Tūranganui is scored for: 2222; 4331; harp, timpani, 3 percussion and strings.

Percussion 1: wind chimes, stones, tomtoms

Percussion 2: tamtam, bass drum

Percussion 3: suspended cymbals, marimba, stones

Score and recording

Buy or borrow the score from SOUNZ soon.

The premiere performance was recorded as part of SOUNZ’s Resound project.

Tūranganui — video

RNZ Concert’s recording from the premiere is available online.

Tūranganui — audio


The Otago Daily Times interviewed me after the premiere.

Making sense of Cook’s confusion — publication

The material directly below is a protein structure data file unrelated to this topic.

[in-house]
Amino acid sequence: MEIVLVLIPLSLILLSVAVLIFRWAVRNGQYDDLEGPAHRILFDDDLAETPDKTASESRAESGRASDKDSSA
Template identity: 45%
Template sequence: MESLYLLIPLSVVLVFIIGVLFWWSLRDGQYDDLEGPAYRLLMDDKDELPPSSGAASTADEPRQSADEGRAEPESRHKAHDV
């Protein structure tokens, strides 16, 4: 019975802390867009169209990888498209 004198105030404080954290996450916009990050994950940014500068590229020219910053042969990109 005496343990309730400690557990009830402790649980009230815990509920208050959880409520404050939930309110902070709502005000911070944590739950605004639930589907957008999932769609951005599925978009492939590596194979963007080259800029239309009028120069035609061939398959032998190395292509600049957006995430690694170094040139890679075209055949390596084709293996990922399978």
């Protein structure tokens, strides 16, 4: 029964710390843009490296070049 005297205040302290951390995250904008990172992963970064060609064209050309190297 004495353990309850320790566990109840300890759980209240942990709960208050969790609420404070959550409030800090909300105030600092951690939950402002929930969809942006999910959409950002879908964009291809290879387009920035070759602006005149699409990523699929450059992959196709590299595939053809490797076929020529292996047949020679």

Iris dreaming

Opera, Voice and instrumental ensemble

One act opera for soprano and chamber ensemble

Text by Fleur Adcock

Iris dreaming was commissioned and premiered by soprano Joanne Roughton-Arnold. The first performance was accompanied by the Octandre Ensemble conducted by Jon Hargreaves, at the Grimeborn Festival in London in August 2016. The version with string trio was premiered with Joanne and NZTrio at the Adam Chamber Music Festival in Nelson on 6 February 2017.

About the work

Iris dreaming is based on the life of celebrated New Zealand writer and feminist, Iris Wilkinson (also know as Robin Hyde), whose short but intensely dramatic life took her from New Zealand via war-torn China to London on the brink of WWII where she killed herself in 1939, aged 33. She was a star, a significant figure in New Zealand literature, a respected journalist in her time and a pioneer of feminism.